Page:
When I told the checker I did not have a rewards card she asked if I was from out-of-town. When mentioned I’d recently moved from the Seattle area she began nodding her head and pulled two more tellers into the conversation.

“I’ll bet nobody in Seattle cares about religion, right? I mean, isn’t that how it should be?”

All I could do was smile, collect my receipt, and head for the door as everyone within a 15 foot radius was chiming in with their opinions on the difficulty of finding love in Utah as a non-Mormon.

Although I spent the first 26 years of my life in Utah, I’d forgotten how much Mormon influence is woven into the fabric of everyday life here. When I met my daughter’s middle school counselor for the first time, he asked, “So your daughter must be a beehive?”  And less than two minutes into my haircut, my barber asked, “What ward are you in?”

“What ward are you in?” in Utah is the same as “How are you doing?” anywhere else.

You’re a Mormon until proven otherwise.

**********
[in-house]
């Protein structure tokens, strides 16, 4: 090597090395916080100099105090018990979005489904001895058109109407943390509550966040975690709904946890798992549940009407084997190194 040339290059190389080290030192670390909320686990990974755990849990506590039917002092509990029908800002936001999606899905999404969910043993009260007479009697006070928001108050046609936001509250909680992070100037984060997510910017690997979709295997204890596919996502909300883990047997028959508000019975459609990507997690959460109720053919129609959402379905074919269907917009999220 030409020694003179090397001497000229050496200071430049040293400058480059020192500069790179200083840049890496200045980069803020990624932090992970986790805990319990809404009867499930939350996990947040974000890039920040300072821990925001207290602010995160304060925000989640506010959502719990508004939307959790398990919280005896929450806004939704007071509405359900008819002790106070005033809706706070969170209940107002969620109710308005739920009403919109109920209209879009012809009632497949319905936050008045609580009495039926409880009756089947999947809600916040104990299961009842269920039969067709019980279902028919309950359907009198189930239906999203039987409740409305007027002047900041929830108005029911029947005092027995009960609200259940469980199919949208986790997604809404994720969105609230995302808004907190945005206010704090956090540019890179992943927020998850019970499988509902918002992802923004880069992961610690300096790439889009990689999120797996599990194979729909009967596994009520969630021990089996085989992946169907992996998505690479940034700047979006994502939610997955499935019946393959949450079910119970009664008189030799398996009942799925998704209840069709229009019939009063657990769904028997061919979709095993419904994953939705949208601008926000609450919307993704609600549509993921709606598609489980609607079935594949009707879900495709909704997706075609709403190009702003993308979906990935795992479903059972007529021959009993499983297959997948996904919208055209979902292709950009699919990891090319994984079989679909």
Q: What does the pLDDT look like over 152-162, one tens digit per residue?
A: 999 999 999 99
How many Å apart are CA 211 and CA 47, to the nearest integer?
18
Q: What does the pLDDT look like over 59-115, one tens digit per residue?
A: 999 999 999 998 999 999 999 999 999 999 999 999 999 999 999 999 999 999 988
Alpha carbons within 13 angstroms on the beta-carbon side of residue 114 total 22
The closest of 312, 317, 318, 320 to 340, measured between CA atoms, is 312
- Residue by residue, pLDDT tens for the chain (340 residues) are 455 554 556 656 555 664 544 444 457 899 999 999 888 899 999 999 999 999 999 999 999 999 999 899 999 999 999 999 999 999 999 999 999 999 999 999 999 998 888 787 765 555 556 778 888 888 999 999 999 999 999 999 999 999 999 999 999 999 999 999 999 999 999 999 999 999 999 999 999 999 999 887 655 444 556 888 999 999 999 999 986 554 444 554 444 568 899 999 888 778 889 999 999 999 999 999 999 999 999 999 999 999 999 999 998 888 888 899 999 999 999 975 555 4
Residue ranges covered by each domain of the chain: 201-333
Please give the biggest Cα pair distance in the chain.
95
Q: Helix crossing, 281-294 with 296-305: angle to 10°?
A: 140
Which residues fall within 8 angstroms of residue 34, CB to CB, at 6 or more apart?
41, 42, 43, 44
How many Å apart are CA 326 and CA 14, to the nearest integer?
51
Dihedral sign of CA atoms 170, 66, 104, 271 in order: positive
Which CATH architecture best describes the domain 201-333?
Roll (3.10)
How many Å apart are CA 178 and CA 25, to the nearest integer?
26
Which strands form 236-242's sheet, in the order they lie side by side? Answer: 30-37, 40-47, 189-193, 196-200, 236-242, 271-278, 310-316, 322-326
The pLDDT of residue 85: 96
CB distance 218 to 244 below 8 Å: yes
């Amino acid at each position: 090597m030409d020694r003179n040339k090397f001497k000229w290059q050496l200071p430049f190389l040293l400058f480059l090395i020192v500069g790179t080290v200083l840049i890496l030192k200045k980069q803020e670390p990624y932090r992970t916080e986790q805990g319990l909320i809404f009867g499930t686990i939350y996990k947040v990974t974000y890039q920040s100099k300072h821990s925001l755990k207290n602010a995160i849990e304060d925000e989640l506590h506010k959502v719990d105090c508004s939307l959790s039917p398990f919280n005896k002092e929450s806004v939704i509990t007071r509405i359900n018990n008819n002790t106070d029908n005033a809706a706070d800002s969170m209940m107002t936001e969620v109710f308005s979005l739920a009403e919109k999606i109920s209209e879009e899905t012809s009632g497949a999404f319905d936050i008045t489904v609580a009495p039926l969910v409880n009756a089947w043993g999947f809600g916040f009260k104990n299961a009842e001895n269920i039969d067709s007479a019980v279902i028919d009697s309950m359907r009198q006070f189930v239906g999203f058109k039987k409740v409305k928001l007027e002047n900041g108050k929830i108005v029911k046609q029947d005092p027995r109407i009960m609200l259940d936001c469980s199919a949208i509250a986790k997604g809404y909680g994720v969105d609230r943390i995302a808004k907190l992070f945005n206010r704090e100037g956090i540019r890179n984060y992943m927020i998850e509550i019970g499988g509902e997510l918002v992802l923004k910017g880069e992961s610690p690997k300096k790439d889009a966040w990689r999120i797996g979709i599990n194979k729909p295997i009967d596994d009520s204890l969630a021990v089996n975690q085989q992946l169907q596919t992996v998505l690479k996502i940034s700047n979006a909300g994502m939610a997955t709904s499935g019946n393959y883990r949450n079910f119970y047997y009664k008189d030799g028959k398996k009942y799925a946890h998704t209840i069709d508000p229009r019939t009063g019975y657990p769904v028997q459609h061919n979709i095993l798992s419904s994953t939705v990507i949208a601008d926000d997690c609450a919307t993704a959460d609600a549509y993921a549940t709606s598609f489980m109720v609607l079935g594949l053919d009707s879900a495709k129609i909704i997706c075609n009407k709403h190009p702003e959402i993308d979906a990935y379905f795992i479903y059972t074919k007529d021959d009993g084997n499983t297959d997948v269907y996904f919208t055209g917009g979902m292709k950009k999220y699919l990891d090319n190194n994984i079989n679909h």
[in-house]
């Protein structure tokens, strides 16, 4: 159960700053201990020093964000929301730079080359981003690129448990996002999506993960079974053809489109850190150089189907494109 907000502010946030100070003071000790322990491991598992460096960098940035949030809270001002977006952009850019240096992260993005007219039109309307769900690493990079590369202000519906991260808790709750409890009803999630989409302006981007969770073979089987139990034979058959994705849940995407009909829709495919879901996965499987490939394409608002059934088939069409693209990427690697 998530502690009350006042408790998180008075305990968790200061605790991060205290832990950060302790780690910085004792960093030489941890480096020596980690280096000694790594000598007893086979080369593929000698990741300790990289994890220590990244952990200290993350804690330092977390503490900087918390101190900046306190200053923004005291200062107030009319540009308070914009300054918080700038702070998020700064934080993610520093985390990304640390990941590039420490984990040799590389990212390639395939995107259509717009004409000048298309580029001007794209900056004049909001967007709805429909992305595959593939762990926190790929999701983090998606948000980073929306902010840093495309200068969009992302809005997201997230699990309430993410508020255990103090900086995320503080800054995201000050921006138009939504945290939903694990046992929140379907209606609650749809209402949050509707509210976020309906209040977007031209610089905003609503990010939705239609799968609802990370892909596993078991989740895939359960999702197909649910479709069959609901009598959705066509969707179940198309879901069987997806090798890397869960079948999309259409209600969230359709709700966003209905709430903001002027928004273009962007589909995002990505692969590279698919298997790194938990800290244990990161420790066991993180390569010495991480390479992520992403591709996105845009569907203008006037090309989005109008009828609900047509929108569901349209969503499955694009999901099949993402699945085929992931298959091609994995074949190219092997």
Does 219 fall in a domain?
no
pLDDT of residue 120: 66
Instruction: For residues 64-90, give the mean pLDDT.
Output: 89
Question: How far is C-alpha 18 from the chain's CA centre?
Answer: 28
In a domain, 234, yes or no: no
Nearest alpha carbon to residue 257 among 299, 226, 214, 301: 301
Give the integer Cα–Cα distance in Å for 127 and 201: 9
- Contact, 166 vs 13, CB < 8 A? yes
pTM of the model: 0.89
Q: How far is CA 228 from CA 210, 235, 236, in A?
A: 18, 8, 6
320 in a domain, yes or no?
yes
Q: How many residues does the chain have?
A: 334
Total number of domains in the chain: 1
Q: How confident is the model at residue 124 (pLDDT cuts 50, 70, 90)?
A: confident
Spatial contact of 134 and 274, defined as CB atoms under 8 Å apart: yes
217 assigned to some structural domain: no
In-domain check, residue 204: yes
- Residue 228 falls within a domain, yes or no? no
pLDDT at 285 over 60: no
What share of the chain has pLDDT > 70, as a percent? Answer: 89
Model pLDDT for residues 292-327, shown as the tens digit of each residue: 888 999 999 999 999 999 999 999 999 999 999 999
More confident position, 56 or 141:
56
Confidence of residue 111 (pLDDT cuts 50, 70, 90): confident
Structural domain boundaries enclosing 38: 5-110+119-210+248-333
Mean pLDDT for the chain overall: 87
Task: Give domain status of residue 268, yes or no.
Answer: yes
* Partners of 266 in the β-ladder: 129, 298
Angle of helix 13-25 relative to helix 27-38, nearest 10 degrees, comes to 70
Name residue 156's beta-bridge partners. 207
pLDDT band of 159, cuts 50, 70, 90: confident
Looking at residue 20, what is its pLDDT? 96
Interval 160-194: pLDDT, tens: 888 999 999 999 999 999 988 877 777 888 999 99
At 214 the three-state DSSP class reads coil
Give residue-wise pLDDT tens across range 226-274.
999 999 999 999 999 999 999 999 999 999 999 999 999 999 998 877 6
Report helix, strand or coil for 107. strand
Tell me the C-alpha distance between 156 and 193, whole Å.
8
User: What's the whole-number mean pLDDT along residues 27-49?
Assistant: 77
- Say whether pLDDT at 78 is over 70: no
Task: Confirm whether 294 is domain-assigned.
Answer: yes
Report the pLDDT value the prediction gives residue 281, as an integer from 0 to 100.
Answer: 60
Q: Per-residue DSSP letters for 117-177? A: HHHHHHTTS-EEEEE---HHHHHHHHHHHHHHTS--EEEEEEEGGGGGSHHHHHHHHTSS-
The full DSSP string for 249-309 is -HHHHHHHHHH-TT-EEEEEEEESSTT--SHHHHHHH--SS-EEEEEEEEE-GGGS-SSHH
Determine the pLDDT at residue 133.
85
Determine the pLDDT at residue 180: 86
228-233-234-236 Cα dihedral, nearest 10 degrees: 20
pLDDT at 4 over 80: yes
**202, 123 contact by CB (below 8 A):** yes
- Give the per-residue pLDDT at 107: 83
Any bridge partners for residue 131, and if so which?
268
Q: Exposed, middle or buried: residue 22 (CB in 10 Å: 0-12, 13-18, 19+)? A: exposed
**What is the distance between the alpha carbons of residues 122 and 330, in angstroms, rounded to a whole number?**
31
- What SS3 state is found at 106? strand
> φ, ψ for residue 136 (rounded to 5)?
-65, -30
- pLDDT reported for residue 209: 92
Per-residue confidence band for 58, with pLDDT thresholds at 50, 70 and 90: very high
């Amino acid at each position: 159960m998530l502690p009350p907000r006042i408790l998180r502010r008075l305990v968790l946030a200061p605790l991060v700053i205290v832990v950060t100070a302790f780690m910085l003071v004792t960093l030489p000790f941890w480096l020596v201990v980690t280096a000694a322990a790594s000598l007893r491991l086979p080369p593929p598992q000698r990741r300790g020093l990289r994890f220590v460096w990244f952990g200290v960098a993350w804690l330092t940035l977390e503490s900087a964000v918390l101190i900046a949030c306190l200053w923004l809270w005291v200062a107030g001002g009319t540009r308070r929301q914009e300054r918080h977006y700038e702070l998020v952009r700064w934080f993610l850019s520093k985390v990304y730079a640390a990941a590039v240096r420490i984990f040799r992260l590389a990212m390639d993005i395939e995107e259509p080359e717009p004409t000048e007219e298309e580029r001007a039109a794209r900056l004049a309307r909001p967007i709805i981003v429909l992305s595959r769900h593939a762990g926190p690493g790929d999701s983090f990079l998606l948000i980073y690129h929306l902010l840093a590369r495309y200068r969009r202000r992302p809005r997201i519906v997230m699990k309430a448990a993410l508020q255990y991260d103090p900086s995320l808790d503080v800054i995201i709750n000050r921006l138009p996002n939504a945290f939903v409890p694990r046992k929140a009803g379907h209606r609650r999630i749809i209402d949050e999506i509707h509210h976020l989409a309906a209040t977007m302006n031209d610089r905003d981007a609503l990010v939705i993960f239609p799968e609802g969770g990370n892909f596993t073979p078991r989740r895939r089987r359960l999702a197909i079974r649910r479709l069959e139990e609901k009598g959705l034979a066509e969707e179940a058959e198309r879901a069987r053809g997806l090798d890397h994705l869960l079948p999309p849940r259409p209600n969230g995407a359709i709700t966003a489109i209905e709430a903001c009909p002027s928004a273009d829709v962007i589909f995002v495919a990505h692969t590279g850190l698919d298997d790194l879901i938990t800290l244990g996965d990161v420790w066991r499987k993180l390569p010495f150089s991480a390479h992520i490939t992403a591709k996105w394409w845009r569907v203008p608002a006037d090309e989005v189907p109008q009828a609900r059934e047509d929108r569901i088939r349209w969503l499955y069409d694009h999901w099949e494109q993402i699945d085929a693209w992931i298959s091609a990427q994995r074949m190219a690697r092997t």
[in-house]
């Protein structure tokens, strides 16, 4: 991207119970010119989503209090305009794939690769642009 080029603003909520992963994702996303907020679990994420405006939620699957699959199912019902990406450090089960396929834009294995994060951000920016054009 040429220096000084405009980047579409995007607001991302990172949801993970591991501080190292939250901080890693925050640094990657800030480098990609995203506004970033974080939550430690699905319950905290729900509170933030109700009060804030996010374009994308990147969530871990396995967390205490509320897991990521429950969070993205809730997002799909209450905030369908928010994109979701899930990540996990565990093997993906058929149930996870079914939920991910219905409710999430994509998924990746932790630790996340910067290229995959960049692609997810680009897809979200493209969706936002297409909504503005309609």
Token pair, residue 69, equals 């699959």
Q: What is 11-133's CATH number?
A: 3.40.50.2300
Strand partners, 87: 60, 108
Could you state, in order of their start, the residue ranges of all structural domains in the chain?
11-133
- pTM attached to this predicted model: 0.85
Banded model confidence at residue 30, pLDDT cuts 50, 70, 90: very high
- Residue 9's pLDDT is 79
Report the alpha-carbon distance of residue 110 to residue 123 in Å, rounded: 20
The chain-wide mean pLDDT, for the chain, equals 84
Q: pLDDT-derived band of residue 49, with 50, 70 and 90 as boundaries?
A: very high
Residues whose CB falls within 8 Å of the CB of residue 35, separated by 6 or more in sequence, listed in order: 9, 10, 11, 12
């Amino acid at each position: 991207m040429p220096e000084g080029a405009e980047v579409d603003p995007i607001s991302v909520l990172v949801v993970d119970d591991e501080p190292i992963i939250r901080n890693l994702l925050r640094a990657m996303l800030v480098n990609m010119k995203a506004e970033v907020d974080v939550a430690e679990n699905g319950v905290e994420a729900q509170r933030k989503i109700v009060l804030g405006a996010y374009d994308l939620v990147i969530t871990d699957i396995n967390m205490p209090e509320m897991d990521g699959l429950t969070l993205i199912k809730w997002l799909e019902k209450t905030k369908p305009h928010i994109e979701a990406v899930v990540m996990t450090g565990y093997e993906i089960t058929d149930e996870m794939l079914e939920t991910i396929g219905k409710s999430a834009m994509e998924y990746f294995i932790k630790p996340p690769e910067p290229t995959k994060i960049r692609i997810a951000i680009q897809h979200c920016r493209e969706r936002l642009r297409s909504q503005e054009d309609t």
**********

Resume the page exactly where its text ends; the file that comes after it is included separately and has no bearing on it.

Kim and I both understood this well before we decided to move to St. George. Our children made many friends in Seattle, and few of them were Mormon, yet we seldom thought much about it. Sure, there was the occasional birthday party on Sunday that would bring our beliefs to the forefront when our kids explained to their friends that Sundays were time to spend at church and with family.

As Luca would say, “That’s not fair.”

One of our reasons for returning to Utah was to be closer to friends and family. Our children are able to spend a lot of their days with cousins and grandparents and friends who have similar beliefs. I doubt we’ll have to decline many birthday parties or youth sports because they were scheduled on Sunday.

The kids have already made friends who belong to other religions and we’ll continue to encourage them to that end. I don’t know how it will all turn out. The diversity of Seattle was a major reason we decided to stay there for 16 years. It almost feels like the polar opposite of Utah in terms of religious influence on the culture.

Maybe next time I’m at the grocery store I’ll seek out the same checker I had tonight and tell her about the college wards.

Then again, that might guarantee she remains single or flees the state.